For those employees who find themselves experiencing an unexpected major financial hardship, there is good news on three fronts that will help lessen some of the stress related to their potentially dire situation.

Let’s begin this discussion with a deeper understanding of how the Internal Revenue Service (IRS) formally defines a hardship withdrawal from a 401 (k) Plan.

What are the Criteria for a Hardship Withdrawal?

Under the Bipartisan Budget Act (BBA) passed in February 2018 with implementation in 2019, the definition of hardship withdrawals remains unchanged from previous rulings.

As the Internal Revenue Service describes hardship withdrawal, they note: 

"The withdrawal must be made because of an immediate and heavy financial need of the employee and the amount must be necessary to satisfy the financial need  including the need of an employee's spouse or dependent, as well as that of a non-spouse, non-dependent beneficiary.”

To make this easier to understand, here are specific examples of hardships from the IRS:

  • Qualified medical expenses (which presumably don't include cosmetic surgery)
  • Costs relating to the purchase of a principal residence
  • Tuition and related educational fees and expenses
  • Payments necessary to prevent eviction from, or foreclosure on, a principal residence
  • Burial or funeral expenses
  • Certain expenses for the damage repair to the employee's principal residence

These parameters have some key characteristics in common, such as a sense of urgency, a major financial burden, or even an unexpected circumstance which the employee cannot manage without substantial assistance.  

The New Rules

The passage of the Bipartisan Budget Act (BBA) in February 2018 changed the rules regarding withdrawals starting in 2019 in these three significant ways:

First, the passage of the BBA will enable employees to withdraw the amounts they have contributed as well as the accumulated employer matching contributions plus earnings on contributions.  This expanded option represents a major change from the previous limits that only allowed participants to withdraw from the funds they contributed. For those who have been contributing to their 401(k) plans for several years, this shift will allow them greater access to all the funds they need when facing a legitimate hardship.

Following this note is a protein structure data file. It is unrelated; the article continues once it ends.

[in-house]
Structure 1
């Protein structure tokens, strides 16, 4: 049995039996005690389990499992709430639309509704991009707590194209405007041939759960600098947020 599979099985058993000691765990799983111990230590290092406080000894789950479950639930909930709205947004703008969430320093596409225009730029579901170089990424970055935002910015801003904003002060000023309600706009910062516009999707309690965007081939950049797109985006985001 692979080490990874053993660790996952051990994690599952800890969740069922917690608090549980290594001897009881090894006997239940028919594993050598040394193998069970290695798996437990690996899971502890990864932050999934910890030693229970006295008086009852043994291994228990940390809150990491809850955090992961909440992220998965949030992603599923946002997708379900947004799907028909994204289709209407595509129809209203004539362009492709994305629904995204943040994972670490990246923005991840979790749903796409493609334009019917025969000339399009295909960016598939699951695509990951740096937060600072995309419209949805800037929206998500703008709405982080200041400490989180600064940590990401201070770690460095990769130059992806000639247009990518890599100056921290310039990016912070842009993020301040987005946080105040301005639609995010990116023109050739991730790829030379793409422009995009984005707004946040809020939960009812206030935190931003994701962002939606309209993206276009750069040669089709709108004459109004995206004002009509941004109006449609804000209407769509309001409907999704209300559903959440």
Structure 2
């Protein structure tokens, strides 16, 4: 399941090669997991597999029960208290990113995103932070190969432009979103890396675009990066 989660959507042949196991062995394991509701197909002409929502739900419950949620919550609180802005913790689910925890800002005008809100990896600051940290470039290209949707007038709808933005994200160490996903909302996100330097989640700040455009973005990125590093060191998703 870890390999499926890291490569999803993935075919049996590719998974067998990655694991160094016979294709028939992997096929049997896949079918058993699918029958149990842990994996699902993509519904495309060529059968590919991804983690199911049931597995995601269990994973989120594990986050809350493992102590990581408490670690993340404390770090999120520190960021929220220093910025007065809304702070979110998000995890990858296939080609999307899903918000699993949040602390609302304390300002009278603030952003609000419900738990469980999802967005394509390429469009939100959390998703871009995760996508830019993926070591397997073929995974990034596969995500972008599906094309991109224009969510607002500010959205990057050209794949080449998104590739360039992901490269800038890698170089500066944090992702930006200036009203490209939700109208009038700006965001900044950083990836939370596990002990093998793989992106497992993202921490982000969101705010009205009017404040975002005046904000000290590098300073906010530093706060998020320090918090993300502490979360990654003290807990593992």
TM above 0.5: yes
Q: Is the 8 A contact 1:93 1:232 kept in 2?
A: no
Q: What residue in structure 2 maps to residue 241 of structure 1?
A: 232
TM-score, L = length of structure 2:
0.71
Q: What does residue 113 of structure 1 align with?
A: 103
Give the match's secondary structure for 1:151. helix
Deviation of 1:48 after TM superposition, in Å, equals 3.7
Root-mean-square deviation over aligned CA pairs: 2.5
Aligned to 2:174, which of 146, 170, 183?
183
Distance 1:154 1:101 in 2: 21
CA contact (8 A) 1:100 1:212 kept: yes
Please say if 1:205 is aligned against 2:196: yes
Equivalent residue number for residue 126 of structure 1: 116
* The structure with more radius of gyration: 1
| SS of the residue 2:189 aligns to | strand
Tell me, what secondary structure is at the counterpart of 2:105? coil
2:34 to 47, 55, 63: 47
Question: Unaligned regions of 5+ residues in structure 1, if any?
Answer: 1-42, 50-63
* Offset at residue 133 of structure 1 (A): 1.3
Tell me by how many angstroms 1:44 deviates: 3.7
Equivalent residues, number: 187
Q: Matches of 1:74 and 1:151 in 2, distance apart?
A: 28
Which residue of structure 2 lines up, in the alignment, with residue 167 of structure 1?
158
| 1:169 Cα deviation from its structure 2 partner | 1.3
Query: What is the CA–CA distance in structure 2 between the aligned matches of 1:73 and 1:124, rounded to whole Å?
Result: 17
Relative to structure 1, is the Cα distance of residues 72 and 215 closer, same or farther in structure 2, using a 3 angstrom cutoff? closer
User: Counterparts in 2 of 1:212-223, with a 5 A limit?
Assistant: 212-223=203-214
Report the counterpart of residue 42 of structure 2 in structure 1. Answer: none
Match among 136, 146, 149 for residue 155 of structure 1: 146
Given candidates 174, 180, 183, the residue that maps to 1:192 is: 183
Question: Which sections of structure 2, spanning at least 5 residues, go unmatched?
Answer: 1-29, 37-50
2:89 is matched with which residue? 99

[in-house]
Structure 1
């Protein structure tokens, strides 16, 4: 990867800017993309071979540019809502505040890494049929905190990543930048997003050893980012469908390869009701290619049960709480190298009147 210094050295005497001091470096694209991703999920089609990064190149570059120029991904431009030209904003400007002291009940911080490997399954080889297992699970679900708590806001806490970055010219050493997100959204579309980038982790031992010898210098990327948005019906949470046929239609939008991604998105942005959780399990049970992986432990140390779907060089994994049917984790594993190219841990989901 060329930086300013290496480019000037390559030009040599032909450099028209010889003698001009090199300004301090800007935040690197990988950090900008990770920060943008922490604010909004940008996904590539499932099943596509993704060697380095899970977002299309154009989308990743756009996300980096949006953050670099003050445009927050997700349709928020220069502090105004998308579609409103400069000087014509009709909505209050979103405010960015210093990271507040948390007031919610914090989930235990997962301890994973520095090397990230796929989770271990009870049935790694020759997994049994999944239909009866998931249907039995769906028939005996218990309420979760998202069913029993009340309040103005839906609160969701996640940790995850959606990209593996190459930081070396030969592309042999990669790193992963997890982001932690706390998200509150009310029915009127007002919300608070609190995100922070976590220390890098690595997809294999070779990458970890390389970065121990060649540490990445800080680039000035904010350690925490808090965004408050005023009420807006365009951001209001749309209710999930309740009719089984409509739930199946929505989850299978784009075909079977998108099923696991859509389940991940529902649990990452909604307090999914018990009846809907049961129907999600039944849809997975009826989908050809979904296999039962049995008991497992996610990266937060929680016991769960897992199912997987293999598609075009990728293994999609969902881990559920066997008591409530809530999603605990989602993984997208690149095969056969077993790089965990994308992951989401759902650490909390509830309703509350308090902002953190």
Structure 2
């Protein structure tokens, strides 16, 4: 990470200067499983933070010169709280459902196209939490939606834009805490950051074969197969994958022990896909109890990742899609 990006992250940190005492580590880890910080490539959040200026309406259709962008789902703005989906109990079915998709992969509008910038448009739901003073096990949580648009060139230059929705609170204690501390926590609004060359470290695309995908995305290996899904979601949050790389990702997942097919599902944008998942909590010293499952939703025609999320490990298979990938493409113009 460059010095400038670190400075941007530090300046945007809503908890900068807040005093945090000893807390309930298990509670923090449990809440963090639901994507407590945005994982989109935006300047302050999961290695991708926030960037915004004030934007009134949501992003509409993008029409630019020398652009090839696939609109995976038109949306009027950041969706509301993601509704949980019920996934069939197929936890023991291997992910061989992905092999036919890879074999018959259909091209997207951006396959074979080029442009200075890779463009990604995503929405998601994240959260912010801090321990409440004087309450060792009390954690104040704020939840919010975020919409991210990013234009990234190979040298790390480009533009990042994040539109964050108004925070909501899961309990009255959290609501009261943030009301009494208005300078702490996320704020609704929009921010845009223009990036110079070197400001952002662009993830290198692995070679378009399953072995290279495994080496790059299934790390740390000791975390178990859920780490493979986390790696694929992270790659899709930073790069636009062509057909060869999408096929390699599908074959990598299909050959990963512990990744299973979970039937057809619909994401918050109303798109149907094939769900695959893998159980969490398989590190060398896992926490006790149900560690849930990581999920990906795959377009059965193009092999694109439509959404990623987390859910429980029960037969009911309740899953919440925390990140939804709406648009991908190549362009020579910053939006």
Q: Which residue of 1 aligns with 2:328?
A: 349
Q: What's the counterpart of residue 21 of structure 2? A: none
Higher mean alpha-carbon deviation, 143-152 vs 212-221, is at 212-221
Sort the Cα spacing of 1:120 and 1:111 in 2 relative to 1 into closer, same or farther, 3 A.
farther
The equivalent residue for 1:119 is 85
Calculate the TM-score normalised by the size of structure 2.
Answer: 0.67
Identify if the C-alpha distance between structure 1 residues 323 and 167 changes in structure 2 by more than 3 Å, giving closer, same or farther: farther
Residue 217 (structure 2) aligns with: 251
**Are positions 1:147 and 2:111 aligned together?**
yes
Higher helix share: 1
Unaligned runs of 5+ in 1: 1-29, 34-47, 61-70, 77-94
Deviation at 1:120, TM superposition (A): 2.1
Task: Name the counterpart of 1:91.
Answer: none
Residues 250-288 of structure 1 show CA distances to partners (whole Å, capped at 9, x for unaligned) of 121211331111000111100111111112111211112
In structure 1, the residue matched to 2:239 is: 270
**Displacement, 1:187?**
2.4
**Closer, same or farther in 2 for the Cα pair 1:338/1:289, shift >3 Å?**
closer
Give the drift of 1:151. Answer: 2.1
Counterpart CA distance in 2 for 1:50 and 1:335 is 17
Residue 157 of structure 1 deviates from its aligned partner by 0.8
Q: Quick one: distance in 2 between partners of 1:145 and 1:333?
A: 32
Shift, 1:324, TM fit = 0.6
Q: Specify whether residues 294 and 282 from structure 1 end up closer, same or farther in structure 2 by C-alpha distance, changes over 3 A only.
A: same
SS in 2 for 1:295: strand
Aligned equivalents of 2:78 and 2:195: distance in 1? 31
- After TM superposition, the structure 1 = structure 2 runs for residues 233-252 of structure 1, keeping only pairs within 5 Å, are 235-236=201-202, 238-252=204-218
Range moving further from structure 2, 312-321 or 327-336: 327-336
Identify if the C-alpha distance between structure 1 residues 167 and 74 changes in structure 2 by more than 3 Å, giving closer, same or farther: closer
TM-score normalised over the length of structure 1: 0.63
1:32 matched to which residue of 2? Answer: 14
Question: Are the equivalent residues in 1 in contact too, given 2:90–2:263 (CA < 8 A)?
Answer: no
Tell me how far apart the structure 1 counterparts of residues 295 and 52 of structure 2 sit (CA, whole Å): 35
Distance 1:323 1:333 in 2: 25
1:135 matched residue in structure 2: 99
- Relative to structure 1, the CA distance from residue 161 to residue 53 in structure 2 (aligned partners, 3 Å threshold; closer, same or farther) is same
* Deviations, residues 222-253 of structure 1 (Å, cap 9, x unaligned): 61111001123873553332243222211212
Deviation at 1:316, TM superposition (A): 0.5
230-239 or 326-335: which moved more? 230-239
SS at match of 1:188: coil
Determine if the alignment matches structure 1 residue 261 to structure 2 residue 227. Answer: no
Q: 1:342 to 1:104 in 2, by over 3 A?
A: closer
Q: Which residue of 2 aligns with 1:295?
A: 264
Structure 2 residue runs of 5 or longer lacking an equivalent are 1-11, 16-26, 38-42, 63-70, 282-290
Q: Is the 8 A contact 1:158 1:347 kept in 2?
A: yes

Secondly, the current six-month ban that restricted employee participation after a hardship withdrawal has been lifted. This means employees can now begin paying back the amount withdrawn more quickly and, because the employees remain enrolled throughout the process, there is less paper work for plan sponsors.

Thirdly, another change in hardship withdrawals pertains to repaying plan loans. The deadline for an employee who has left the company to repay a plan loan has been extended from 60 days.  Under the new Tax Act the latest date the former employee can repay the loan is on the day he or she files his or her tax return for the tax year in which the loan amount would otherwise be treated as a plan distribution.

The Down Side

Although employees will enjoy more relaxed rules regarding their ability to withdraw funds based on extreme financial challenges, they will still be subject to a 10% tax penalty, along with regular income tax.

Although flexible rules and more thoughtful approaches to hardship withdrawals are welcome in the short term, at the same time employers should help their employees aim to become financially sound in the long term.  Rules regarding borrowing from a retirement plan may be eased by the BBA but employees should continue to be educated on avoiding the use of their retirement fund as a ‘band aid’ whenever finances become scarce or cash flow decreases.